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Alternative forms[edit]


From Dutch vrolijk (cheerful), from Middle Dutch vrolijc, from Old Dutch frōlīk, from Proto-Germanic *frawalīkaz. Compare German fröhlich (blitheful, gaily, happy, merry).

The first element, ultimately from Proto-Germanic *frawaz, is cognate with Middle English frow (hasty); the latter element, ultimately from *-līkaz, is cognate with -ly, -like.



frolic (comparative more frolic, superlative most frolic)

  1. (now rare) Merry, joyous, full of mirth; later especially, frolicsome, sportive, full of playful mischief. [from 1530s]
    • 1645, John Milton, “L’Allegro”, in Poems[1], London: Humphrey Moseley, page 31:
      The frolick wind that breathes the Spring,
      Zephyr with Aurora playing,
      As he met her once a Maying
      There on Beds of Violets blew,
    • 1682, Edmund Waller, “Of Love”, in Poems, &c. written upon several occasions, and to several persons[2], 5th edition, London: H. Herringman, published 1686, page 73:
      For women, born to be controul’d,
      Stoop to the forward and the bold,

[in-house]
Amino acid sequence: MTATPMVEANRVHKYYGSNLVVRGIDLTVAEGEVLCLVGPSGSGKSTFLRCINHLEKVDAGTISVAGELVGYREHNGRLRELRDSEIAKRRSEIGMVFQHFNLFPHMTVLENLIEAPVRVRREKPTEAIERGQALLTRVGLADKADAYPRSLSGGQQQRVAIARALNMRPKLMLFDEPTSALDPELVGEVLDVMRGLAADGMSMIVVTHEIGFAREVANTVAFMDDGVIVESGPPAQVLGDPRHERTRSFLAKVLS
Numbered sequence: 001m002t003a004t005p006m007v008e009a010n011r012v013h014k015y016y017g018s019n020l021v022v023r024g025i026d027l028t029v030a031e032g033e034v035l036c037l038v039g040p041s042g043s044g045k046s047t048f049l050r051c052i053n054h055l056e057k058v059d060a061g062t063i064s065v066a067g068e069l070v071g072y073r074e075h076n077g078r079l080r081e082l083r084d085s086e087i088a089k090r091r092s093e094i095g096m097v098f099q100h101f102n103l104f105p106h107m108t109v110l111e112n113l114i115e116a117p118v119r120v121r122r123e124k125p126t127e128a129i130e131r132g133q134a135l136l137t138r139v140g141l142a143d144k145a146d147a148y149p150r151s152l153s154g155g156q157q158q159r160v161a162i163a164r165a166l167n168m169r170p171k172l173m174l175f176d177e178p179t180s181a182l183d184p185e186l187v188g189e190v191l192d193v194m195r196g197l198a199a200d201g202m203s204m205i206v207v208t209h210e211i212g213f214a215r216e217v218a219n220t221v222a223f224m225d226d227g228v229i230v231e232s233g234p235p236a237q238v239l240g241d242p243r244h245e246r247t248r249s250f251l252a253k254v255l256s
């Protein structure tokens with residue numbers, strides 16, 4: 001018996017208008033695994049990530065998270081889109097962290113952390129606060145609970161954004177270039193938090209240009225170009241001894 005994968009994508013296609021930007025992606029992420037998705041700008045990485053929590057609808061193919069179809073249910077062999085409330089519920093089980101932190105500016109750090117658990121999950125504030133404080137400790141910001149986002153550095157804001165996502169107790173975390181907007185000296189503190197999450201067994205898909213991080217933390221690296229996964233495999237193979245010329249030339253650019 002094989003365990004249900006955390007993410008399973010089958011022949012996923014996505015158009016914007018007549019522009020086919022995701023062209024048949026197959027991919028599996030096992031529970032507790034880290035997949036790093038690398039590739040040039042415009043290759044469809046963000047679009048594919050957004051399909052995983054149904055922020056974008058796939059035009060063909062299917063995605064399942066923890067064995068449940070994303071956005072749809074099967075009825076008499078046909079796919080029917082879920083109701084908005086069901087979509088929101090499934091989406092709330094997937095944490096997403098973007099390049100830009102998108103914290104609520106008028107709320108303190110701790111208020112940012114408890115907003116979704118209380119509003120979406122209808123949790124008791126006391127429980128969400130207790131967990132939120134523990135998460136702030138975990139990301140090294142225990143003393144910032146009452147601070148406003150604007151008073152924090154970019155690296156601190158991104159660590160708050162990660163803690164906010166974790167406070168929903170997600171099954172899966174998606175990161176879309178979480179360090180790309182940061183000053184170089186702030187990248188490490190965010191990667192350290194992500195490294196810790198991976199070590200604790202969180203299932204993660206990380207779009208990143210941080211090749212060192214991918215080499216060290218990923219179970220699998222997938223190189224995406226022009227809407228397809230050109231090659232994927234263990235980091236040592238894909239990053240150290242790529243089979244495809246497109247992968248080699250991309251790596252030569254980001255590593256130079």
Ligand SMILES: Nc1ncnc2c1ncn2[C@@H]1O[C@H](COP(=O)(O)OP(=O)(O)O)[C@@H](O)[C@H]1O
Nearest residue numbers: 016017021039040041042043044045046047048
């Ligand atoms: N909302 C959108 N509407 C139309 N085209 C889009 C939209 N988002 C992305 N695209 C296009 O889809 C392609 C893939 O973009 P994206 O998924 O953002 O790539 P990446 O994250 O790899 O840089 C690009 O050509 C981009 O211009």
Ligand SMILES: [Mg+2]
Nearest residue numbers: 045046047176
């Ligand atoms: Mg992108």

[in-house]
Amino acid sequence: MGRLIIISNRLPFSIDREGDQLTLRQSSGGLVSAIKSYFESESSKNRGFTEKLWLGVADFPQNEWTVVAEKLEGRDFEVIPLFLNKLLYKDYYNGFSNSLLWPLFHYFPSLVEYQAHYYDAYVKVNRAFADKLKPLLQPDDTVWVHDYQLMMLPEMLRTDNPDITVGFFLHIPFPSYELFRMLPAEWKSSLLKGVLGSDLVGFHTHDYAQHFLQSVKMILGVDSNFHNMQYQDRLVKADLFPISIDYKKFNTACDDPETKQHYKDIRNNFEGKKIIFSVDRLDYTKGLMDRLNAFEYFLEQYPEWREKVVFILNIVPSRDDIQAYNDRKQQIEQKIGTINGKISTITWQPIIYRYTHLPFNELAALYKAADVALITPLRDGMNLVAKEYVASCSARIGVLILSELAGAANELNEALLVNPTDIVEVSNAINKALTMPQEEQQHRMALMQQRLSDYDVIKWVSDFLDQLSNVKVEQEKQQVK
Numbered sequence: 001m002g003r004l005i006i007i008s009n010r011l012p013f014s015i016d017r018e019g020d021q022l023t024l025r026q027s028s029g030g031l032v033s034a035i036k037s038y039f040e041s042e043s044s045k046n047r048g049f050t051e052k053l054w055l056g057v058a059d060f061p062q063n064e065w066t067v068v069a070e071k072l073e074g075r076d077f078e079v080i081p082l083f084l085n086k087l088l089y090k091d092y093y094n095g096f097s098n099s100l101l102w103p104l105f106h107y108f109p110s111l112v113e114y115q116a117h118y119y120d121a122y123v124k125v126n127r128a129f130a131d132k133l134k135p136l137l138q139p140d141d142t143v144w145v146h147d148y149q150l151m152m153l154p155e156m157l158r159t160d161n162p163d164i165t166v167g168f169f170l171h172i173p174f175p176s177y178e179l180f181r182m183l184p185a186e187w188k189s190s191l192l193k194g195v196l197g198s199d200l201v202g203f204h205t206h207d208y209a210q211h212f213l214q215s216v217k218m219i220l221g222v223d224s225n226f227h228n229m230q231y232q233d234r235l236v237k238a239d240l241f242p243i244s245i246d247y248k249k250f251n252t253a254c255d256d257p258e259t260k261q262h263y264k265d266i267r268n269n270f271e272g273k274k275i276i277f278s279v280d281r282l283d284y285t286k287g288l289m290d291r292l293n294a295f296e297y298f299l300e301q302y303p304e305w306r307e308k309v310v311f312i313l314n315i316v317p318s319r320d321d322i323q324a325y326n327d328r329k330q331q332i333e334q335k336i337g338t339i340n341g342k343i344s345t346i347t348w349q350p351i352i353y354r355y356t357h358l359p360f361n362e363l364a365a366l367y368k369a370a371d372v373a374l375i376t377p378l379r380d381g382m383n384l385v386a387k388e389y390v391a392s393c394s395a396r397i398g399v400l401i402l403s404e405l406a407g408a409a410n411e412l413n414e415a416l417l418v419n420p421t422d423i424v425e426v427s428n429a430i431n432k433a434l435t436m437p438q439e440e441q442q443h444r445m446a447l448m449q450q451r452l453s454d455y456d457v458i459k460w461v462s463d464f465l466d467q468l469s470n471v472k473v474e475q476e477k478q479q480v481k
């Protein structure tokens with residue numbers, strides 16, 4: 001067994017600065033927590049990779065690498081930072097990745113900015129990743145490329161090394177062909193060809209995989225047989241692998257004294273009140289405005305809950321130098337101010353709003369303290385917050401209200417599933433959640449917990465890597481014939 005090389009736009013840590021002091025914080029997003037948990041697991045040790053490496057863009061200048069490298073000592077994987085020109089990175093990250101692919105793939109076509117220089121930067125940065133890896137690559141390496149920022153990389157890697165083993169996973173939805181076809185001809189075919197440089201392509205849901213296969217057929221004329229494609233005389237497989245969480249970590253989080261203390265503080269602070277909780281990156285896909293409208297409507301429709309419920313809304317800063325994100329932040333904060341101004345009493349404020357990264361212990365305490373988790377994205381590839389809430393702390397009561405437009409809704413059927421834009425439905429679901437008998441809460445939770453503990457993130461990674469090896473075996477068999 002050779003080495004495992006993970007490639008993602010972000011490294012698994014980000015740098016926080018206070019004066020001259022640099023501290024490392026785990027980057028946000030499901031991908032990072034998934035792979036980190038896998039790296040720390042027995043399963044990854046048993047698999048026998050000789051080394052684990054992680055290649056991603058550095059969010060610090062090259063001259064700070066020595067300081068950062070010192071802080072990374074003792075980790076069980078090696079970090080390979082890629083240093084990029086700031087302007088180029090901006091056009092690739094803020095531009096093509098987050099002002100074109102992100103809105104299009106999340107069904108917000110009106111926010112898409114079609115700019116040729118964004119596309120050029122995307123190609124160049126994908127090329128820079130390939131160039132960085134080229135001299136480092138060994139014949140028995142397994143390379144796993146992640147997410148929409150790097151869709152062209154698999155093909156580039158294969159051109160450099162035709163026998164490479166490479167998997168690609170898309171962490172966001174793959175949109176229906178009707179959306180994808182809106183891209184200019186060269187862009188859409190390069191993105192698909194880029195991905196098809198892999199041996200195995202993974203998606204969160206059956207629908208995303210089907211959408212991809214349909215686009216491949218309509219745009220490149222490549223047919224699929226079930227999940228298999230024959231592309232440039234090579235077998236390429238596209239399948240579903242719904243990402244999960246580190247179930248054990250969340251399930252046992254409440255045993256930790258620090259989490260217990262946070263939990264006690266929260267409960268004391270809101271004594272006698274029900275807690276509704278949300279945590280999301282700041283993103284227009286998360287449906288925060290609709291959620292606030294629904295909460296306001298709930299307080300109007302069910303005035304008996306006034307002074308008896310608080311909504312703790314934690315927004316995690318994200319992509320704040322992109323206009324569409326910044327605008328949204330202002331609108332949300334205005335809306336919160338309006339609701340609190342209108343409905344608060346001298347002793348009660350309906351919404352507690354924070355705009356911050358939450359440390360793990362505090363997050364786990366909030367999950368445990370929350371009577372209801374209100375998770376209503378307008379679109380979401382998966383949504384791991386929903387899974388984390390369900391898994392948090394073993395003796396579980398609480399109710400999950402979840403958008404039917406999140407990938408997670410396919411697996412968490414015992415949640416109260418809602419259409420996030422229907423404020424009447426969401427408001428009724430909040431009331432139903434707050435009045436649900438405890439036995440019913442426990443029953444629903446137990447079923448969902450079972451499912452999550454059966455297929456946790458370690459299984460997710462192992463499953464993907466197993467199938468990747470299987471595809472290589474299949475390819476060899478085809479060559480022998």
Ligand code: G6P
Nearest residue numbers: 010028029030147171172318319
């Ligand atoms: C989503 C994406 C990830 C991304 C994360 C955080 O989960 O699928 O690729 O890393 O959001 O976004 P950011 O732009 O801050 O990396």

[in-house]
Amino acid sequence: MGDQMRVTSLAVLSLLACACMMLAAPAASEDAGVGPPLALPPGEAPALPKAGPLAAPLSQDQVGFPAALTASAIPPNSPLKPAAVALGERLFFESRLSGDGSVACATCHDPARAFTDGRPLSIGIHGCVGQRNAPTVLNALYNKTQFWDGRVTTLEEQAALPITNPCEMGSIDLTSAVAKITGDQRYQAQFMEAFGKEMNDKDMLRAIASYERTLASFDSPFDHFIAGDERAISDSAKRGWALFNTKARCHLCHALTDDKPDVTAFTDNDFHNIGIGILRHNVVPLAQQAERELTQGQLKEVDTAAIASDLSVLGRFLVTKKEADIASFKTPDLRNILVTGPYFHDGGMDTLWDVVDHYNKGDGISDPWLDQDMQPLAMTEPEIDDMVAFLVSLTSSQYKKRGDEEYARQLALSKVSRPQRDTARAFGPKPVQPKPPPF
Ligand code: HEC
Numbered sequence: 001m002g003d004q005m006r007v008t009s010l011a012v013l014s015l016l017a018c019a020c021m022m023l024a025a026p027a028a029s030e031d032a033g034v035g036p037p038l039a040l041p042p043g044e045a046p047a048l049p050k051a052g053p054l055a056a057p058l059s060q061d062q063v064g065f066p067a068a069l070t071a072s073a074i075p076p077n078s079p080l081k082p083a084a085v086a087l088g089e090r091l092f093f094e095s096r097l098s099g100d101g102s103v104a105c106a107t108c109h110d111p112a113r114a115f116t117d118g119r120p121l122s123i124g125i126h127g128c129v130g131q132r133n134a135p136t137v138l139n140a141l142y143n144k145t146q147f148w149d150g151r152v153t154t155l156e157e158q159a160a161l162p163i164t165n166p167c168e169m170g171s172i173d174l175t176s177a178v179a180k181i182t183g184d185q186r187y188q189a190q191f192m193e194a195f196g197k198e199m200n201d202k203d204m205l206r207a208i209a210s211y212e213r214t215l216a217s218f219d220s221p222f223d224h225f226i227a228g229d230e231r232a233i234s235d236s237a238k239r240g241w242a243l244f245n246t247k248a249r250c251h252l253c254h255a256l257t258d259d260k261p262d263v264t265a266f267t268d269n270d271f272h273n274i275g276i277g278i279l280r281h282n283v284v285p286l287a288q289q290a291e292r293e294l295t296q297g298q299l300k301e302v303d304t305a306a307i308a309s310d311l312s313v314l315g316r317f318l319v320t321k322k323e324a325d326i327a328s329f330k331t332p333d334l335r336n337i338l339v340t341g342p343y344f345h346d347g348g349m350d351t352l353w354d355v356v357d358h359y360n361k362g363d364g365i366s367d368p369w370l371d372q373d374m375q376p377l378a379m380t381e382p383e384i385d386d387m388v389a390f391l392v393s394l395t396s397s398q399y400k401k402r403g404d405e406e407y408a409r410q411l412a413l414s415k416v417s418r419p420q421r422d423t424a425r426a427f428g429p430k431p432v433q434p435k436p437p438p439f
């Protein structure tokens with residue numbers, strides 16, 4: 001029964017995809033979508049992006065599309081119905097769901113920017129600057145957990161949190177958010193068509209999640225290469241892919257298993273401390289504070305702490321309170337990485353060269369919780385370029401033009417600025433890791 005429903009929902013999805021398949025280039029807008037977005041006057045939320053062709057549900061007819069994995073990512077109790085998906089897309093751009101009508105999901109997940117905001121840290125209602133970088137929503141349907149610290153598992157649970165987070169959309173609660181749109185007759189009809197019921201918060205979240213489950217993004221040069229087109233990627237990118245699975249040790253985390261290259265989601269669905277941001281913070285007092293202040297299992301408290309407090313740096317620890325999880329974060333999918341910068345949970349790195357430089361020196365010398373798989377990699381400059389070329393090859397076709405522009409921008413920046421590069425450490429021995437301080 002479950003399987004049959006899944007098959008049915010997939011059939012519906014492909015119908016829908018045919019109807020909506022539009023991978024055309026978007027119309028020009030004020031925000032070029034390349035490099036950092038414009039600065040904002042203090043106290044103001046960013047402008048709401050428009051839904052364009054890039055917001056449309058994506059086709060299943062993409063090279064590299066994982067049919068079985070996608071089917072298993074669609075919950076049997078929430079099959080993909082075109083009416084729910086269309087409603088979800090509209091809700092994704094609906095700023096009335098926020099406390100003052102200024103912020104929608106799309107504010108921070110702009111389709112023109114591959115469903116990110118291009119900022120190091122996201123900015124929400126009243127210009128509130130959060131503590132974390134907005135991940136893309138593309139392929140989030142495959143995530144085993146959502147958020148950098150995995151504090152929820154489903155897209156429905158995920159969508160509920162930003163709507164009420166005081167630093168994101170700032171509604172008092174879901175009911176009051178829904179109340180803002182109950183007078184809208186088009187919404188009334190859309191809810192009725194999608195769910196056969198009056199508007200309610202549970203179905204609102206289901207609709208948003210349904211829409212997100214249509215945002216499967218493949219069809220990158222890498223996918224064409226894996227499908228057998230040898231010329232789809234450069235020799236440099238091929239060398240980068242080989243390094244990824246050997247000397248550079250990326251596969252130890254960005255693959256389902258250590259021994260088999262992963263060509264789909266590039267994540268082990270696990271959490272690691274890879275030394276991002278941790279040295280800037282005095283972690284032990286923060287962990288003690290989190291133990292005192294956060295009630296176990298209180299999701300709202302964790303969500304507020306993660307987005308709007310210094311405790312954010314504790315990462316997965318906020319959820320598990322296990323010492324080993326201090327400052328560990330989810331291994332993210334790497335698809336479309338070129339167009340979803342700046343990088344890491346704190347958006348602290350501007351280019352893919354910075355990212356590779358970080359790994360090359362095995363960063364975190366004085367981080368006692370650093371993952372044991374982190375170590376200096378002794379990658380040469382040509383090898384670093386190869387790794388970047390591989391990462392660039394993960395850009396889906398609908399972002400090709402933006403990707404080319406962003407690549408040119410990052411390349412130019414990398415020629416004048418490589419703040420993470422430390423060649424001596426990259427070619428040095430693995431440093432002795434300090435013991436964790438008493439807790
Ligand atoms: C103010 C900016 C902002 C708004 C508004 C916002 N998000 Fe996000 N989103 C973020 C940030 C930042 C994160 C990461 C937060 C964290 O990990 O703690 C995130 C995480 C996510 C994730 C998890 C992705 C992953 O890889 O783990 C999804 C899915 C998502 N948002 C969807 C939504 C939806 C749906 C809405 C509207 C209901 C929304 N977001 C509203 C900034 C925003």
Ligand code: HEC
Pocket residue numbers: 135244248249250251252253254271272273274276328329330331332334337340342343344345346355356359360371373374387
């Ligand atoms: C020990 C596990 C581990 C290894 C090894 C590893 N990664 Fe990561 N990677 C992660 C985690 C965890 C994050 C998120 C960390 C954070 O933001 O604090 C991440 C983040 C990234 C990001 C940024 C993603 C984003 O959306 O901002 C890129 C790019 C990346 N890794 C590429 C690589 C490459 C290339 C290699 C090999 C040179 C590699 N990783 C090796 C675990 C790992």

Affect the haughty and the proud,
      The gay, the frollick, and the loud.
    • 1766, Joseph Addison, The Spectator - Volume 5 - Page 304:
      You meet him at the tables and conversations of the wise, the impertinent, the grave, the frolic, and the witty; [...]
    • 1897, Henry James, What Maisie Knew:
      Beale, under this frolic menace, took nothing back at all; he was indeed apparently on the point of repeating his extravagence, but Miss Overmore instructed her little charge that she was not to listen to his bad jokes [...].
  2. (obsolete, rare) Free; liberal; bountiful; generous.


frolic (third-person singular simple present frolics, present participle frolicking, simple past and past participle frolicked)

  1. (intransitive) To make merry; to have fun; to romp; to behave playfully and uninhibitedly. [from 1580s]
    We saw the lambs frolicking in the meadow.
  2. (transitive, archaic) To cause to be merry.

Derived terms[edit]



frolic (plural frolics)

  1. Gaiety; merriment. [from 1610s]
    • 1876, Louisa May Alcott, “The King of Clubs and the Queen of Hearts”, in Hallberger's Illustrated Magazine: 1876:
      the annual jubilee [] filled the souls of old and young with visions of splendour, frolic and fun.
    • 2012 (original 1860), Nathaniel Hawthorne, The Marble Faun - Page 276:
      By the old-fashioned magnificence of this procession, it might worthily have included his Holiness in person, with a suite of attendant Cardinals, if those sacred dignitaries would kindly have lent their aid to heighten the frolic of the Carnival.
  2. A playful antic.
  3. (obsolete, chiefly US) A social gathering.
    • 1820, Washington Irving, The Legend of Sleepy Hollow:
      He came clattering up to the school door with an invitation to Ichabod to attend a merry-making or “quilting frolic,” to be held that evening at Mynheer Van Tassel’s

Derived terms[edit]


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See also[edit]

Related terms[edit]